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What is it like to attend this early years setting?
The provision is good
Children arrive excited to play and they leave their parents easily. When needed, staff support children sensitively. Children feel safe and secure in the care of staff.
They show high levels of curiosity and interest during their play and activities. Children concentrate very well when exploring activities. For example, children became fascinated as they tipped and poured water down sections of drainpipes.
Children enjoy books and songs as part of their daily routines. They learn to listen, such as during small-group times. They hear how to say words as staff speak clearly to them.
In addition, staff demonstr...ate how to put words together to make sentences. This helps to promote children's communication and language skills effectively. Staff understand children's individual learning needs very well.
They are extremely committed to supporting all children to achieve and make good progress. Children who need extra help to catch up receive good support. Children develop an understanding of themselves and others.
For instance, photos of their families are on display along with words in other languages used at home. In addition, during role play, children use real food packaging that is familiar to them. Children develop an awareness of the expectations of behaviour.
They receive consistent guidance and reminders, for example to walk indoors. Overall, children develop their independence appropriately. For example, they make choices from the activities and toys available.
What does the early years setting do well and what does it need to do better?
There are strong partnerships and communication with parents. Staff provide effective support to help parents support their children's learning at home. They provide advice, such as reading books and singing songs at home to help support children to develop their language skills.
Parents speak very positively about their experiences and those of their children. They say that their children are settled and happy. Parents receive regular information about their children's day and development, for example through daily discussions and an online app.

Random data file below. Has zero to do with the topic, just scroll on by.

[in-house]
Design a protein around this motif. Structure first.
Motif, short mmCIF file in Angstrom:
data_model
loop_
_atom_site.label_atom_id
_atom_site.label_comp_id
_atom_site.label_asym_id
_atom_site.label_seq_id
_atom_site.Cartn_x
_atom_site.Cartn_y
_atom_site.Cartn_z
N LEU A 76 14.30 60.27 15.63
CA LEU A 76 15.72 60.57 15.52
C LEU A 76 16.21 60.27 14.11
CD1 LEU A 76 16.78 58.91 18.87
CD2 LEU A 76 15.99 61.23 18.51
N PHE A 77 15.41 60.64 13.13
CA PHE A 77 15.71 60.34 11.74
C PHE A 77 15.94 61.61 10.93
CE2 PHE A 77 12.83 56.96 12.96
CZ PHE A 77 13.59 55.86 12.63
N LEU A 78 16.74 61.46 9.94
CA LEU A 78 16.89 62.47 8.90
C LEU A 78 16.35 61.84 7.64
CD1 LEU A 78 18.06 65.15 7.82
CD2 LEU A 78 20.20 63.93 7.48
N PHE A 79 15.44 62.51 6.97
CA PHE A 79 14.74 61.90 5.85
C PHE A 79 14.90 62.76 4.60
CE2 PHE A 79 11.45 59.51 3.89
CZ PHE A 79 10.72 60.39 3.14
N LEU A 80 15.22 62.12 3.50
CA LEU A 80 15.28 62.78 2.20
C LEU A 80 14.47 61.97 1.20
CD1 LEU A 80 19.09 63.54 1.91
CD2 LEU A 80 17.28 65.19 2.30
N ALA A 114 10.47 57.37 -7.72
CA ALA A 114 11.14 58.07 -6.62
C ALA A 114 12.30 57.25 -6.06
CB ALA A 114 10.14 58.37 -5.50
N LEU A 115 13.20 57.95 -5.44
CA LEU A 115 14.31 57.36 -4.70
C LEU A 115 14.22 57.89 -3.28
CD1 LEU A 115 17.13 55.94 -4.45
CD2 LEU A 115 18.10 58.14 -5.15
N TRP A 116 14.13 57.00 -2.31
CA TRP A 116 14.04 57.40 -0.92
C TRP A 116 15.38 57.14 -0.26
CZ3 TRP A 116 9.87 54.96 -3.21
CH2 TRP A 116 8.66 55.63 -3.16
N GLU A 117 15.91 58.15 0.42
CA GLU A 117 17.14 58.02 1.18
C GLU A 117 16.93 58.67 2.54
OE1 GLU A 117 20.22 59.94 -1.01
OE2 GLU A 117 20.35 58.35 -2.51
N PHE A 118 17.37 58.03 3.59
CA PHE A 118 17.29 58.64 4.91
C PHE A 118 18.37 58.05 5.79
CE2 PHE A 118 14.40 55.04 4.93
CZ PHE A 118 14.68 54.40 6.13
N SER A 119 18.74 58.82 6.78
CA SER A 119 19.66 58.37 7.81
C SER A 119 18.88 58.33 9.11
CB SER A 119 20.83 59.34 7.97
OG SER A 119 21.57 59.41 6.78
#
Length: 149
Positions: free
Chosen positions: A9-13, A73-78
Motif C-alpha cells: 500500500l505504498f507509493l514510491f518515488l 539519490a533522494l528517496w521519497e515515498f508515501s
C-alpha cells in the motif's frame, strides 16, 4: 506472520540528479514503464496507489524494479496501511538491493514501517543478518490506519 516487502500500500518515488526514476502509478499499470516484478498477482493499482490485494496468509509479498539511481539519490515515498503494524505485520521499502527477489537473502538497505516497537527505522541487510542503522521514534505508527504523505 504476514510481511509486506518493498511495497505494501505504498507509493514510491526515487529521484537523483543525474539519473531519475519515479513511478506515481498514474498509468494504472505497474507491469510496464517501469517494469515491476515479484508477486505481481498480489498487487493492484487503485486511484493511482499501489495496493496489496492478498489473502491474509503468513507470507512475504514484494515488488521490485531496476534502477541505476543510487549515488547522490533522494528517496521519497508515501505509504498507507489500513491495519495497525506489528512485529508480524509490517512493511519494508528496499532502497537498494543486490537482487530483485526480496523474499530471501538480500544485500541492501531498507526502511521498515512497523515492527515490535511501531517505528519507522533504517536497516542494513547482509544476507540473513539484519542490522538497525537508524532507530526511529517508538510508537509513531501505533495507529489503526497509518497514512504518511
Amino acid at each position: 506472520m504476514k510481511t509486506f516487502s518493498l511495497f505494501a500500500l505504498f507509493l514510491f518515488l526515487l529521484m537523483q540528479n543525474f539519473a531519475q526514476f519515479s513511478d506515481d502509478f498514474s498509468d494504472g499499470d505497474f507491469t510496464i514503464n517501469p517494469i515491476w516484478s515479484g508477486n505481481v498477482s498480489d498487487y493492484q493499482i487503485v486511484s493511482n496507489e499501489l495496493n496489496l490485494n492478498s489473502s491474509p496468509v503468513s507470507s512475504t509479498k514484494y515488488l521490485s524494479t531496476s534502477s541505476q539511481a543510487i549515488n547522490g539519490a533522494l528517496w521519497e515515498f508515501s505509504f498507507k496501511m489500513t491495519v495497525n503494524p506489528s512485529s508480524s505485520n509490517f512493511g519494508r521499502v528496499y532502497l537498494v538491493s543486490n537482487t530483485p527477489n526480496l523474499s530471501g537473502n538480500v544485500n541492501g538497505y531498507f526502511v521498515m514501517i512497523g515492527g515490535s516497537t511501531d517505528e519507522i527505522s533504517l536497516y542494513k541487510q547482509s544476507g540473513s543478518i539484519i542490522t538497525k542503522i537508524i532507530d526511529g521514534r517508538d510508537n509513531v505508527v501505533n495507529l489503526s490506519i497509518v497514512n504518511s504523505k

The staff know and understand what children need to learn. They prioritise areas of learning based on this, to help children gain the skills and knowledge they need for the future. As a result, they implement a clear curriculum, which is well considered and sequenced.
Staff use their training effectively to support children's learning. For example, staff who have recently undertaken specific communication and language training implement strategies successfully and support other staff in the use of these. This is starting to have a positive impact on children's communication and language development.
Staff quickly identify if children need extra help and support in their learning. They make timely referrals to outside professionals, such as for speech and language therapy. Children with special educational needs and/or disabilities receive good support.
Staff work closely with parents and professionals involved to support children consistently.Staff encourage children to be active and develop their large-physical skills, such as learning to balance. They develop children's awareness of how to care for their bodies, including eating healthily and good hygiene.
For instance, children explored a variety of different vegetables and staff talked to them about how they help their bodies grow big and strong.Children form good relationships with staff and each other. They are confident to approach staff if they need help.
Staff respond sensitively to children. For example, when children are unable to express themselves in words, staff encourage them to show them what they need. At times, staff step in quickly to help children with routine tasks.
This does not enable children to try and do things for themselves.Staff have long-standing links with the school and its nursery on the same site. They exchange information at handovers with the nursery staff when children attend both settings.
However, this is mainly about the care needs of children. Staff do not consistently exchange information about children's learning and development. This does not fully promote a shared approach for children's learning between the settings.
Staff feel well supported in their roles. They speak positively about the other staff and managers and say that they work well as a team. Staff have regular opportunities for training and professional development to help extend their practice.
The arrangements for safeguarding are effective.Staff and managers have a secure understanding of safeguarding. They know how to keep children safe.
For example, managers ensure that staff are deployed well in different areas, such as outside, to supervise children closely. Staff know how to identify and respond to any concerns about children's welfare. They are aware of how to manage any concerns about children or other staff, including making referrals to outside agencies.
Staff work closely with other professionals when required to support families and to help promote children's well-being. The managers implement a vigilant recruitment process and they regularly review staff's suitability to work with children.
What does the setting need to do to improve?
To further improve the quality of the early years provision, the provider should: build on the communication with other settings that children attend, to help support their learning and progress more consistently develop staff's awareness of supporting children's independence, including allowing children time to manage tasks by themselves, to help build further on these skills.
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